We are in fact dealing with a white people thing, which is to say, a person-of-European-descent thing.

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Fascism has deep roots in European thought, and — it has been argued more than once, by Hannah Arendt among others — is written into the DNA of modern liberal democracy, or will be as long as liberal democracies are rooted in a territorially bounded conception of nationhood. This analysis is a hard sell in certain circles. The American Conservative interview with J. Vance , author of Hillbilly Elegy: Memoir of a Family and a Culture in Crisis , made the digital rounds last month, prompting much discussion of whether Trump supporters are driven by racism or economic desperation.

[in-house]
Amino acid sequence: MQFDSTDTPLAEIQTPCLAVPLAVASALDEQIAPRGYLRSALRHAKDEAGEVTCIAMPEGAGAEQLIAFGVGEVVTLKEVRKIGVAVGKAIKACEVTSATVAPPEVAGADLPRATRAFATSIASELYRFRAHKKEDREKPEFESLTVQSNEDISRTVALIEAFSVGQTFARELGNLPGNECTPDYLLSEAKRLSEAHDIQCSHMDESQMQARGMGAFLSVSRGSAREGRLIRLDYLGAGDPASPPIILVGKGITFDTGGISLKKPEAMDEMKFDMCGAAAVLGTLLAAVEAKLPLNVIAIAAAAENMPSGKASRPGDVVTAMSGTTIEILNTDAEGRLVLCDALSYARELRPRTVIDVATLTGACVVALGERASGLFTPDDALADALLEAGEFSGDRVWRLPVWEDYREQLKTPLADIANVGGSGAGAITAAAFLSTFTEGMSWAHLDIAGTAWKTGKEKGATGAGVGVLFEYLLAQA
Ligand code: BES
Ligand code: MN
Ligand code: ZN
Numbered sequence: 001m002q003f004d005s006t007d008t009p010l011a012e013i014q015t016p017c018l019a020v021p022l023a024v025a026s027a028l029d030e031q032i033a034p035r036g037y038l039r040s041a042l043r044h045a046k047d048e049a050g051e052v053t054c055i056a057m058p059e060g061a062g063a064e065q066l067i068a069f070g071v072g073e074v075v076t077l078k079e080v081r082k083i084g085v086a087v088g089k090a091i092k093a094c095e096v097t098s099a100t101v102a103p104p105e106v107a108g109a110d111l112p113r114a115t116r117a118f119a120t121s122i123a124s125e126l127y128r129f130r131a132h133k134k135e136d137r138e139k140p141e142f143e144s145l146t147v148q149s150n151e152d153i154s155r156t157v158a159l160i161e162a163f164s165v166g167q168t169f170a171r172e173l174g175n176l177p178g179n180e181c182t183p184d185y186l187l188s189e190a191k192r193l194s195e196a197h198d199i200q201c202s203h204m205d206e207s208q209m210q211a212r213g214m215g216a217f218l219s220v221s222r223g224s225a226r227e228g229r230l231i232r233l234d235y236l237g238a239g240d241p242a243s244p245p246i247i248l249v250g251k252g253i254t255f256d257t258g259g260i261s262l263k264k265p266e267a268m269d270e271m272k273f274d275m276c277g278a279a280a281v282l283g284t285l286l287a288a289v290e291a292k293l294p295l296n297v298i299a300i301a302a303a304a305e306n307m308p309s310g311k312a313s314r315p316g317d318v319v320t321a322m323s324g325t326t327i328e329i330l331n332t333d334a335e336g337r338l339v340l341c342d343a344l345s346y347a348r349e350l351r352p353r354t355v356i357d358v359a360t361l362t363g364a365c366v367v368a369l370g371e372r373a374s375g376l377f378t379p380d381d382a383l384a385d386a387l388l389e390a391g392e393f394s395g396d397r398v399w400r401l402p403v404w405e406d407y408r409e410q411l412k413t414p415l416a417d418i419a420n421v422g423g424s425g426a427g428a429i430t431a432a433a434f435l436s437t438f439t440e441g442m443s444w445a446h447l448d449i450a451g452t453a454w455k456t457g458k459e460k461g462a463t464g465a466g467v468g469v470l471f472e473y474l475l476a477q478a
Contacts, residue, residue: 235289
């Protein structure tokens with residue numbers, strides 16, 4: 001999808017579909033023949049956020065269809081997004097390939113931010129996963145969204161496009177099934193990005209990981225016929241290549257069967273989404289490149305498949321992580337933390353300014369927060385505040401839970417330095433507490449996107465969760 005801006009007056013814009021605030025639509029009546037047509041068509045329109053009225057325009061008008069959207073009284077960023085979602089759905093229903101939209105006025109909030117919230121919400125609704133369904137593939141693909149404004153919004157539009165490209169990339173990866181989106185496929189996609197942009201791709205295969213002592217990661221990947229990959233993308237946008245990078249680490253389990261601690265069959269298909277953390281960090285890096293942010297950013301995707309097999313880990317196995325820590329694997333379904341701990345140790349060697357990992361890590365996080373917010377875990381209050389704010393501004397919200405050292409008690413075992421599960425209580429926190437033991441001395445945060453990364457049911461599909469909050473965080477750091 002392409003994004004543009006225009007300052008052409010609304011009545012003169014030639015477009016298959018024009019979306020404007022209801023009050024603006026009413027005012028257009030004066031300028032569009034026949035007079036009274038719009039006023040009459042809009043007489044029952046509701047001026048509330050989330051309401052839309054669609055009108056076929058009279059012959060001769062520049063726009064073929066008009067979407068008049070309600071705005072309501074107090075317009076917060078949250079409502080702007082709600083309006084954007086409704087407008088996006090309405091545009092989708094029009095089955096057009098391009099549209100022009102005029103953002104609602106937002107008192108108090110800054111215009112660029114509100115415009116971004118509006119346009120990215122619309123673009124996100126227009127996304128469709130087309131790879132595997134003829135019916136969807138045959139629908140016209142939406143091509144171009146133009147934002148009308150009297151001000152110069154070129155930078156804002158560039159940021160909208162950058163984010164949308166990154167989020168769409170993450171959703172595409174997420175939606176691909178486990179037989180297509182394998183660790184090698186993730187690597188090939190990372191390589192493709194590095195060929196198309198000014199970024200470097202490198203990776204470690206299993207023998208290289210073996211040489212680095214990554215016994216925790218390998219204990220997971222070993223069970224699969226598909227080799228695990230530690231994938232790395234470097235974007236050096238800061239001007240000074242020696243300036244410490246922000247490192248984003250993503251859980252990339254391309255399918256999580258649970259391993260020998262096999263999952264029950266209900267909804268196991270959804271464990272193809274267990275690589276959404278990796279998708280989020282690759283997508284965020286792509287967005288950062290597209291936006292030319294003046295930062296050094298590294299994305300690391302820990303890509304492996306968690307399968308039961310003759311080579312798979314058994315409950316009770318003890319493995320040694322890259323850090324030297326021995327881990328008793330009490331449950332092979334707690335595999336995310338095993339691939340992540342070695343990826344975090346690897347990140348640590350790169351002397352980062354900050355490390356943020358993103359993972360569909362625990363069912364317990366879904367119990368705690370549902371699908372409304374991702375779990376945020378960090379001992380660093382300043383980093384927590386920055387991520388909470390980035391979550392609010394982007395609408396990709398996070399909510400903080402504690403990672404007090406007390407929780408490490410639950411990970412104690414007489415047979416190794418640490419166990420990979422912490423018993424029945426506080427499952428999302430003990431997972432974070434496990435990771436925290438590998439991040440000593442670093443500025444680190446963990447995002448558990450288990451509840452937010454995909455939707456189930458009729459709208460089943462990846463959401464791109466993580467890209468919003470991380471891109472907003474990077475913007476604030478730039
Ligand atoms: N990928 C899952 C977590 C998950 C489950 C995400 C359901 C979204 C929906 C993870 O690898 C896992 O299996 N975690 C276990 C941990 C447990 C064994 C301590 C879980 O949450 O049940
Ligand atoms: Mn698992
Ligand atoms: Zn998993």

No argument there — although, to be fair, most of us in the academic Left already balance these perspectives.


Douglas R. Holmes - Department of Social Anthropology

But this passage gives me pause:. What is the actual mechanism here?

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Vance seems to be suggesting that it never would have occurred to Trump supporters to think racist thoughts before Trump suggested it at a rally. What is Vance thinking? The problem is how we think about causality. How do ideas affect economic conditions and how do economic conditions affect ideas? When fast-capitalism destroys livelihoods, it also destroys material culture, the infrastructure that supports community solidarity; it destroys relationships, values, and psyches.


But in that moment of collapse, we do not have to replace our feelings of social well-being with racism and bigotry. There is nothing inevitable about it. We draw on our cultural repertoires — our theories of self and society — when deciding how to respond to economic disaster.

We select from our cultural repertoires and remix them.